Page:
I was reading about the new African journal – Scientific African – that will cater specifically to the needs of African scientists. Awesome!
Among the advantages of the new journal is the fact that “publication in Scientific African will cost $200, around half of what it costs in most recognised journals.”
You have to pay to be published in an academic journal? Dang.
I guess that cost is probably built into whatever research grant you’re working on, but in most other publications, I thought writers got paid to contribute content. I guess it’s so that there’s not a direct incentive to publish as much as possible, which could lead to more falsified results? Although it seems like the current model has a lot of messed up incentives, too.
I recently went through a long period of time (about 5/6 weeks) where I wasn’t running and I wasn’t even going to volleyball.
When I miss a planned workout or opportunity to exercise, I get a lot of mixed feelings. I feel good that I’m letting my body rest or, as is often the case, investing time in my personal projects and intellectual growth instead. But I also feel guilty about not exercising, and then guilty for feeling guilty – like I’m doing a bad job being body-positive or self-loving enough.
And then I feel guilty about feeling guilty about feeling guilty because I shouldn’t expect myself to be 100% self-loving all the time. So it’s rare for me to actually feel guiltless about missing exercise – usually, I’m judging myself under the surface and just ignoring those feelings.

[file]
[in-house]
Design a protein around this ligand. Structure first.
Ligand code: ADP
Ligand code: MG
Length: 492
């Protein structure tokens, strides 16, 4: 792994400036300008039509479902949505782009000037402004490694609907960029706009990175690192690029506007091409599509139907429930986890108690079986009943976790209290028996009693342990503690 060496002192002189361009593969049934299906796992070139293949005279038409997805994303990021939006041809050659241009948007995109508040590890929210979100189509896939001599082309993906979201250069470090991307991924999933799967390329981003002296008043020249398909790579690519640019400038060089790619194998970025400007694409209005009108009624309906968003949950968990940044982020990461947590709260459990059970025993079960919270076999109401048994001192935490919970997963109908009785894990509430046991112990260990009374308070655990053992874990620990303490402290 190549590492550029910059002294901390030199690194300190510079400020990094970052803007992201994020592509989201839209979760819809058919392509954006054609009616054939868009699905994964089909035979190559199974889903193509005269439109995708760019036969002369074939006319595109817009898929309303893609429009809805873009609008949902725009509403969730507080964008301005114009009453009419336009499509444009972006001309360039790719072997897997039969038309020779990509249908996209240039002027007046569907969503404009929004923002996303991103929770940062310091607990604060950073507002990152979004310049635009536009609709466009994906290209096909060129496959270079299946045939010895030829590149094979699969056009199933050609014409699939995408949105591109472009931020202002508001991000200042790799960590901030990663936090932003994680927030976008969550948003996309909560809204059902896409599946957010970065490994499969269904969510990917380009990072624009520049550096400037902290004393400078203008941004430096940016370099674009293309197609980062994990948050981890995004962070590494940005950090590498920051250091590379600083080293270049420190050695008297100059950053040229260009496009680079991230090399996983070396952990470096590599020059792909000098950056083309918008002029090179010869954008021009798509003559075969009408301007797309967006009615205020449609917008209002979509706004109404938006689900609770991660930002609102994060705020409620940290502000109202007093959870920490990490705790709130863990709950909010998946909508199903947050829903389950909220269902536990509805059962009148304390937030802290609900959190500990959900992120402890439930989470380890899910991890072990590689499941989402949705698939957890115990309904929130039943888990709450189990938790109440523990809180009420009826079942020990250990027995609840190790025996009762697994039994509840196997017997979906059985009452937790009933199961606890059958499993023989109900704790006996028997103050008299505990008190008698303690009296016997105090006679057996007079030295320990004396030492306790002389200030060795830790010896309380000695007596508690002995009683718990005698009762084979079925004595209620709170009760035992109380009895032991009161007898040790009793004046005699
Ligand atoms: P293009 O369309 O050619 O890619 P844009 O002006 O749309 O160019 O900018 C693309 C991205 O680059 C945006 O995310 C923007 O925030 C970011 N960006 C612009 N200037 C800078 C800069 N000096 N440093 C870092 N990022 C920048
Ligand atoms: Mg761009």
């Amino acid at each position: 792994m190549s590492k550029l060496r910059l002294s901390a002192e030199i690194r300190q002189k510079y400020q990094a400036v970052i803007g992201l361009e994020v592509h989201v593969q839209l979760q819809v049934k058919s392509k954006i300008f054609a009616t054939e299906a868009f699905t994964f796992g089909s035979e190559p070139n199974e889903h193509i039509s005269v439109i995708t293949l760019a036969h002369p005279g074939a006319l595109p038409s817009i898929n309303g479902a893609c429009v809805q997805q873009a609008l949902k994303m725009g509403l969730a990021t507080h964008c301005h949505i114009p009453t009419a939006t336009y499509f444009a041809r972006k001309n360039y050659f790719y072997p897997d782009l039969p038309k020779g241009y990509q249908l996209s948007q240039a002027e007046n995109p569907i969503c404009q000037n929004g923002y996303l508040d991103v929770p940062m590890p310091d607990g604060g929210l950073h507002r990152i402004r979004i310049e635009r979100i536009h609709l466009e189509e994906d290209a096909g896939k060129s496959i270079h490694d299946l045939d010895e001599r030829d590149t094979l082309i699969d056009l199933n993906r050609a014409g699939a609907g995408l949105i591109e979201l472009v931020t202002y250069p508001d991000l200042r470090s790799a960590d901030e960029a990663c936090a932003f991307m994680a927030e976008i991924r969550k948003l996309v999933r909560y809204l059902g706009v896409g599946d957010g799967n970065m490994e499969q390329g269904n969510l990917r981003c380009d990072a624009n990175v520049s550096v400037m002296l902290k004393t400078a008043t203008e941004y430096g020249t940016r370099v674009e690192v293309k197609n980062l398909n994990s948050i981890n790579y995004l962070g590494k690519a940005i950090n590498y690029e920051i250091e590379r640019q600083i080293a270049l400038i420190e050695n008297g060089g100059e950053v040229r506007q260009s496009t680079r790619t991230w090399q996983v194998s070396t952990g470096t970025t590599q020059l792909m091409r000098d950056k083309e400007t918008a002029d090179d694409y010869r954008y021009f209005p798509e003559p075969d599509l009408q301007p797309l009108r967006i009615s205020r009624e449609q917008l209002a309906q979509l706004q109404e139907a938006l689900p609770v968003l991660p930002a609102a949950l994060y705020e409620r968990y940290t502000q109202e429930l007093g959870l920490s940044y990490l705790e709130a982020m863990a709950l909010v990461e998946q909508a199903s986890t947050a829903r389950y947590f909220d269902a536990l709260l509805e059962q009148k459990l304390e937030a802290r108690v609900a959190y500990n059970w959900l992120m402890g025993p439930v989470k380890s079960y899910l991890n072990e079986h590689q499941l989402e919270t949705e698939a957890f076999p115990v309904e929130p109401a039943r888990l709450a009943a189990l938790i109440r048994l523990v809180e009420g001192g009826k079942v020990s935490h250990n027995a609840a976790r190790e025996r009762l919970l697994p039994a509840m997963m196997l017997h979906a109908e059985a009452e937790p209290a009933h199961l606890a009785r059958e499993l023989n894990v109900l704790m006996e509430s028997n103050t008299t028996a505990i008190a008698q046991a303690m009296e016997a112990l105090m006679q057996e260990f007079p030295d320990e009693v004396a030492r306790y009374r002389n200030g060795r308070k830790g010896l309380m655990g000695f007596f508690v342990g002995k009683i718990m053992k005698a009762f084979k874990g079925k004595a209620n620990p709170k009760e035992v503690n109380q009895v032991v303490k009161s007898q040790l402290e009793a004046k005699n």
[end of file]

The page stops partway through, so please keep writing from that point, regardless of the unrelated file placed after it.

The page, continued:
I also know that if I miss one opportunity, I’m more likely to skip the next as well. I think that’s in large part because of the guilt cycle I get into. I start to feel defiant, like I shouldn’t even have to “force” myself to exercise if I’m not feeling into it. Because I’ve always been an athlete on sports teams, I’ve rarely had to make the decision to work out myself – it was simply demanded of me by my responsibilities to the team. Now, on my own, I have to actively make the choice to exercise each time and that’s way harder than I expected it to be.
The defiance also comes from the feeling that I don’t want societal pressures to look a certain way, or pressures I’ve put on myself to be seen as an athlete, to control my actions. It’s good to be aware of those pressures, but if I react so strongly in the opposite direction, am I acting any more independently?
Ultimately, I believe it’s good to take breaks and not beat myself up too much about “skipping days.” But it’s also really important to me to exercise. Exercise has a lot of benefits past my physical strength. It makes me happier, more energized.
The first challenge is recognizing when I’m taking a healthy break vs. feeling defiant and making an unhealthy, guilt-driven choice. Although, there might not always be a strict division between those two mentalities.
The second challenge is choosing the best action: do I “force” myself to do some kind of exercise even if I’m not really feeling it, so that I can have more motivation to work out tomorrow? How can I ensure I do workout the day after I take a break?
It’s a lot easier to think through these issues when I have been exercising. When I haven’t, I feel pessimistic about my ability to fix the problems. When I start exercising again, it’s more obvious that I can fix them – hey, I already started working out again, right?
This week, I ran on Sunday and Monday, played volleyball Monday night, and went rock climbing on Tuesday. That feels good, although I’m a bit worried I’ve swung too far in the other direction. Today, I’m planning to just go on a chill, short run when I get home from work or do a yoga session, depending on the rain situation.
I’m proud of myself for ending the exercise drought. And now I’m trying to figure out a strategy for getting back at it earlier in the future.